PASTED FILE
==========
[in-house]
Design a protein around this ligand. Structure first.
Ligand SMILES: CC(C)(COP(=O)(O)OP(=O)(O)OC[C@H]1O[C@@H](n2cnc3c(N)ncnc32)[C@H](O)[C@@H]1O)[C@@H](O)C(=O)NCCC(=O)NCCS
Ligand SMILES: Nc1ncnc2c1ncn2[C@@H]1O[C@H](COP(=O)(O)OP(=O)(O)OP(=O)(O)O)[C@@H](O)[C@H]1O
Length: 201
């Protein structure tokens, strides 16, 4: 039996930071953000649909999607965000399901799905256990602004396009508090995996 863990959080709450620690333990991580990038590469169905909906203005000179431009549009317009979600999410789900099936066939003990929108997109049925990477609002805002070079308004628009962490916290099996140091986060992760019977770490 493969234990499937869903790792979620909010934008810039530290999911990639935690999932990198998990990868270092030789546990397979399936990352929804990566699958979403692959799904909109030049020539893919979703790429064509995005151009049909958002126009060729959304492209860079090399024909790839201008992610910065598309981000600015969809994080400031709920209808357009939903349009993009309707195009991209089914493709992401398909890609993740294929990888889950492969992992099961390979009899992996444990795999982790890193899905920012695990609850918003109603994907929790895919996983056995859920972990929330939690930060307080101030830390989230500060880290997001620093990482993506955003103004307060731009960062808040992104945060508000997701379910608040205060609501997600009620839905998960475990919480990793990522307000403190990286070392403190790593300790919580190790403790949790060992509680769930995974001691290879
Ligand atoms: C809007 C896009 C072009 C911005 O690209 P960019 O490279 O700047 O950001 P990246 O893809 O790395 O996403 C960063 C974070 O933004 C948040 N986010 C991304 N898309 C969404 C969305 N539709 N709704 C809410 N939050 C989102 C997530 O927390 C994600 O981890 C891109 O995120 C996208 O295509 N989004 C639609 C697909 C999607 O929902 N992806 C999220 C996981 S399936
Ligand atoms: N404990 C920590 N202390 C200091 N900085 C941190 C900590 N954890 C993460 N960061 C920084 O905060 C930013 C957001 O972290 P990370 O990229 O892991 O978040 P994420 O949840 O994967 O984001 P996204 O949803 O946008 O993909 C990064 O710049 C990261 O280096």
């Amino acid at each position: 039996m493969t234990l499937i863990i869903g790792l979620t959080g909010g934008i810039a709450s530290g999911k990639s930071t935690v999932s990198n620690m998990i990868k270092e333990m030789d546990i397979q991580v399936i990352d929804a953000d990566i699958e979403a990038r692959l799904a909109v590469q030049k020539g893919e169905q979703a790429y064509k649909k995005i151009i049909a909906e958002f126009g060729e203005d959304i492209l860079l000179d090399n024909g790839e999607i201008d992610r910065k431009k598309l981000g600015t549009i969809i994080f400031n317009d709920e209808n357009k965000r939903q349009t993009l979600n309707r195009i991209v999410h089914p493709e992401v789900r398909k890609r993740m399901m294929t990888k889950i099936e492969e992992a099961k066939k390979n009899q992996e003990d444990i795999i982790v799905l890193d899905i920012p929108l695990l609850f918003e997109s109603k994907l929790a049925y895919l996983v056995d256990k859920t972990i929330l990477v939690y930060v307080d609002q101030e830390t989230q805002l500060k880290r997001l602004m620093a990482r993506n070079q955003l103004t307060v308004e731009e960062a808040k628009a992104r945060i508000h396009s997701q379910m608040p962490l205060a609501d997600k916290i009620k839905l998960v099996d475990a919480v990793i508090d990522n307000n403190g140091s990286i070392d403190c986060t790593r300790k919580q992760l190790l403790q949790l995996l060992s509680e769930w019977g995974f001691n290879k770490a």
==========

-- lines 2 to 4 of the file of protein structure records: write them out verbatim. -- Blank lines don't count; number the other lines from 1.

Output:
Design a protein around this ligand. Structure first.
Ligand SMILES: CC(C)(COP(=O)(O)OP(=O)(O)OC[C@H]1O[C@@H](n2cnc3c(N)ncnc32)[C@H](O)[C@@H]1O)[C@@H](O)C(=O)NCCC(=O)NCCS
Ligand SMILES: Nc1ncnc2c1ncn2[C@@H]1O[C@H](COP(=O)(O)OP(=O)(O)OP(=O)(O)O)[C@@H](O)[C@H]1O